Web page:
Places I Love – Whale Watching!

Words and pictures by Jean Hudson @jeansodyssey

It’s ‘Humpback Highway’ off Rottnest Island at the moment!

October is the best month to go whale watching. Pods of humpback whales and their babies can be seen daily off Rottnest as they migrate south to cooler, krill rich waters.

Occasionally southern right whales and blue whales are seen. On Monday, just gone, a blue whale was spotted outside Fremantle Harbour.

A humpback is approximately 16 metres long and weights 30 tonnes (as heavy as eleven elephants). During the migration cycle, between mid September and early December, up to 40,000 pass our doorstep.

Humpback whales give birth in the warm shallow waters off Exmouth where there are few predators. They give birth every two to three years and gestation lasts for 12 months.
Pregnant mothers travel north to the warmer waters to give birth and spend a few months there before the 2,000-kilometre journey south to cooler waters where there is food.
Mothers do not eat during the migration south and live off their blubber reserves. When feeding they can eat up to five tons of krill daily.

Calves weigh over a tonne at birth – a third of their mothers weight, and double their weight in the first five months. Every day, mother humpback must produce 500 litres of high fat milk for her calf. Calves gain up to 40 kilos each day in the first few months.

Last week I went whale watching with Rottnest Express *. I caught the ferry to Rottnest, and then boarded the Eco Express for an adrenaline packed Adventure Boat Tour.

After donning full-length red capes and being warned by our skipper that those of us up front would get wet, we took off.

This high-speed jet boat took us whale watching, and to stunning locations around Rottnest.

At Dyer Island, we saw a colony of bachelor sea lions. One inquisitive fellow swam right up to our boat.

We saw lots of whales: mothers and babies, pods of males, a full breach, lots of tail slapping and pectoral fin slapping.

An attentive mother with her baby swam close to our boat, gliding along, loudly exhaling through their blowholes.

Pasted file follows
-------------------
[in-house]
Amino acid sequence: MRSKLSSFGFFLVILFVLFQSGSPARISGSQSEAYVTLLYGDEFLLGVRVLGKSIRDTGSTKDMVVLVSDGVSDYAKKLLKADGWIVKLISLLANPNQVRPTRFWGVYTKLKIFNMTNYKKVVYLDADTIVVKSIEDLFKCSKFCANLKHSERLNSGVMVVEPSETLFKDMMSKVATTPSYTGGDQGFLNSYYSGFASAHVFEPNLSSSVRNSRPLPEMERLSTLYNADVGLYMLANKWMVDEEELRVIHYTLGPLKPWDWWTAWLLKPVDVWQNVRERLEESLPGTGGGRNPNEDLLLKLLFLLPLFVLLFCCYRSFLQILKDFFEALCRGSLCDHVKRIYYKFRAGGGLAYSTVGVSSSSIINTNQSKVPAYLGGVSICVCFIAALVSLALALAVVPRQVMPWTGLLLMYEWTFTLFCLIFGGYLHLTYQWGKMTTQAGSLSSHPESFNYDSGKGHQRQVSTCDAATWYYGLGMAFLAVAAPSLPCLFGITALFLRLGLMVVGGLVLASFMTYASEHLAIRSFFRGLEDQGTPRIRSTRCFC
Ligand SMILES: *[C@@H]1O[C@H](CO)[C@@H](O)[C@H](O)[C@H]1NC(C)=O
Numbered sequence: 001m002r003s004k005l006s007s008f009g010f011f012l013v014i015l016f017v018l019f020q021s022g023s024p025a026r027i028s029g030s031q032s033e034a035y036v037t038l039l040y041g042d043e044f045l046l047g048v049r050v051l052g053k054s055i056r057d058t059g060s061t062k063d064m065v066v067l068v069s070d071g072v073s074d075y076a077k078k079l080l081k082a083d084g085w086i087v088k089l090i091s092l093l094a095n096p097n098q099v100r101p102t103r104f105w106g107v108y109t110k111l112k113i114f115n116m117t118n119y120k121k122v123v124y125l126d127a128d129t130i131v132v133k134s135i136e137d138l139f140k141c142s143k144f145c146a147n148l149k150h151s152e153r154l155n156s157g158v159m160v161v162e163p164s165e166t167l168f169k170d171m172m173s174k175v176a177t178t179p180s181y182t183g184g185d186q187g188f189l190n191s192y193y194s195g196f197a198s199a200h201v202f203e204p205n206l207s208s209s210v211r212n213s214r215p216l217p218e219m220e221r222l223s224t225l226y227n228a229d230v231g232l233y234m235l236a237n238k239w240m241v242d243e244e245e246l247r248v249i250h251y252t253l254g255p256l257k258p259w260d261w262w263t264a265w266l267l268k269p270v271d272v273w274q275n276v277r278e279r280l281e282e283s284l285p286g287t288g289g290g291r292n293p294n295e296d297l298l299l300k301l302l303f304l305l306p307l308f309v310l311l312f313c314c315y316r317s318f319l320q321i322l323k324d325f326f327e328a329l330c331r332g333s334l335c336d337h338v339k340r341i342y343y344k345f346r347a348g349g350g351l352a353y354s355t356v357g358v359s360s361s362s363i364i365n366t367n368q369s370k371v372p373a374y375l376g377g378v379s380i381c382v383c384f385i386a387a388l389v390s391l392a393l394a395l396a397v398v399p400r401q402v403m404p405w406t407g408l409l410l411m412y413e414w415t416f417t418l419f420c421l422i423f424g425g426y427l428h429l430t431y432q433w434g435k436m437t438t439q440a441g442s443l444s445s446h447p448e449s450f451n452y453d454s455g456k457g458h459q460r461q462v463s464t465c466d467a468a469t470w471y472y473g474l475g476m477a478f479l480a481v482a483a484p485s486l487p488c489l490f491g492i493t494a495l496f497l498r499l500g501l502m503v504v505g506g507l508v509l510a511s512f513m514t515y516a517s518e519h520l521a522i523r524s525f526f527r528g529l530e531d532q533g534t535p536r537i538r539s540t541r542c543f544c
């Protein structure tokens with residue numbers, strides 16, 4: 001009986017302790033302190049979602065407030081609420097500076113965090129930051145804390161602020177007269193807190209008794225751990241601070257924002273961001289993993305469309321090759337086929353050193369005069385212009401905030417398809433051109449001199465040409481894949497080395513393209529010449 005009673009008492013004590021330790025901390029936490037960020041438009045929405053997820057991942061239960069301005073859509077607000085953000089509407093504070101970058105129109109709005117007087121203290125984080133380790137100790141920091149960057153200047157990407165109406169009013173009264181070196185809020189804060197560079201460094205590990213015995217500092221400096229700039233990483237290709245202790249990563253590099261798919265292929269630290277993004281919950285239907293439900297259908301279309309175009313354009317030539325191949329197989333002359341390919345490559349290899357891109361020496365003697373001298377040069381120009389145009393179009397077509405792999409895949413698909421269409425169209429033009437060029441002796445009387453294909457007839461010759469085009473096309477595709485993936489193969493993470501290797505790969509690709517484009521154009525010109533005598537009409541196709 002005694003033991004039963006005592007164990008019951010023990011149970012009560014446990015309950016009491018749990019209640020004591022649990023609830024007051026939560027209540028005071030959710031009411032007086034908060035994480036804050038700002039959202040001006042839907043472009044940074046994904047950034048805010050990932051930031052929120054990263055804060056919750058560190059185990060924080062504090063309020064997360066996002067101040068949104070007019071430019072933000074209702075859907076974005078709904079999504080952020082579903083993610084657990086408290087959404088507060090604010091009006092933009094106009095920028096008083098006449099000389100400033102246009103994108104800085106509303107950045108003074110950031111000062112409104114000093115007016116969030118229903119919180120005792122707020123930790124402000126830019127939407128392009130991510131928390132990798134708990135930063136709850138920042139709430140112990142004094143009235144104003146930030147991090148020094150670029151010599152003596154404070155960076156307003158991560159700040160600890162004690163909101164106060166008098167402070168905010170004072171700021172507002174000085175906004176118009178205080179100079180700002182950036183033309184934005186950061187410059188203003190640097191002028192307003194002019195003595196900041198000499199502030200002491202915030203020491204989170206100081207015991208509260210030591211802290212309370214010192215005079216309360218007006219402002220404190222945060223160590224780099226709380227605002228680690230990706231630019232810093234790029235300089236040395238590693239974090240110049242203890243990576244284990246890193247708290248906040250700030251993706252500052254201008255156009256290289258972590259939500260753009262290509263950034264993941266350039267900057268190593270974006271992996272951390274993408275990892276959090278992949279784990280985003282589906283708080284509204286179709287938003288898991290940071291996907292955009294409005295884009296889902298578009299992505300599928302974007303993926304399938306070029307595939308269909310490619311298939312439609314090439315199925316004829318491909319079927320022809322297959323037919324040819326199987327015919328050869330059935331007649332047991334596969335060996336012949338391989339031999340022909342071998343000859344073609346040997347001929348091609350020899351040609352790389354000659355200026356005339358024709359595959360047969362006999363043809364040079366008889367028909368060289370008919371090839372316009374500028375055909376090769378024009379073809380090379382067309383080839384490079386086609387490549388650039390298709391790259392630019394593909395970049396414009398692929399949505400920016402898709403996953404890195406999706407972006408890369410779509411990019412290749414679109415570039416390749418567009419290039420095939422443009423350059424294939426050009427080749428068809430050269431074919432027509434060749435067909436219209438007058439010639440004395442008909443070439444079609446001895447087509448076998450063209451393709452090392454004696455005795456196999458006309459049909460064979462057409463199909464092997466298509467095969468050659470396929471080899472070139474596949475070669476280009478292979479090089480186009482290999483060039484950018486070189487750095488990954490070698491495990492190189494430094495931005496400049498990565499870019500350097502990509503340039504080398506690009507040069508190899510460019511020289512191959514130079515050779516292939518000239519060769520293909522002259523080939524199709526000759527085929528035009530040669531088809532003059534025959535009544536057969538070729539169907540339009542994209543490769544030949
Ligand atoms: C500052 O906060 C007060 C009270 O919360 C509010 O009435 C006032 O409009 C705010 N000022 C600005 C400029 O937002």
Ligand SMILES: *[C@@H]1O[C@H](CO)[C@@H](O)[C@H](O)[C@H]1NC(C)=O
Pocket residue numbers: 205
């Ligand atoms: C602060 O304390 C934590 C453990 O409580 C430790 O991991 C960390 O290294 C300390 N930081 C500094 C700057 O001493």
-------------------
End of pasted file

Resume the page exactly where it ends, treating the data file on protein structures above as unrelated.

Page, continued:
It was a fantastic experience being so close to these magnificent gentle giants.

Not so long ago, humpback whales were near extinction with only a few hundred remaining in the world. This followed 150 years of industrial whaling.

Whaling was one of the first industries established in the Swan River Colony following the arrival of British settlers in 1829. In the early days, whales were hunted from small vessels and harpooned.

Whaling is the act of hunting whales for their meat, bones and blubber which are used to make various products and chemicals such as transmission fluid, candles, margarine, jewellery, toys and tools.

By 1837, two local whaling companies were operating: the Fremantle Whaling Company out of Bather’s Beach below the Roundhouse goal, and Perth Whaling Company based on Carnac Island.

A tunnel was constructed beneath the Roundhouse using convict labour. The ‘whaling tunnel’ provided direct access from Bather’s Beach to the town of Fremantle for the sale of whale goods to the community.

In the 20th century the concept of whale harvesting began to grow as well as the introduction of factory ships, which were used to hunt, capture and transport whales much more effectively.

As technology and the demand of whale goods increased stocks of whales began to significantly decrease, causing many species to become endangered.

By 1930, whaling ships were able to pursue even the largest whales. These high-tech whaling fleets were killing some 50,000 whales worldwide every year.

Australia’s whaling harpoons stopped for good with the closure of Cheynes Beach Whaling Company, Albany in 1978. Except for a few countries that allow Indigenous groups to hunt large whales for subsistence, Norway, Japan and Iceland are the only countries that hunt whales for commercial purposes.

While most people think about whaling as a relatively recent phenomenon, the history of whaling dates back to at least 3,000 BC. Humans have been chasing whales for 3,000 years!
Thank goodness in Australia, we now only chase whales with our camera lens.

For the best view, jump on board the Eco Express to catch these magnificent creatures in action.

* Jean was a guest of Rottnest Express.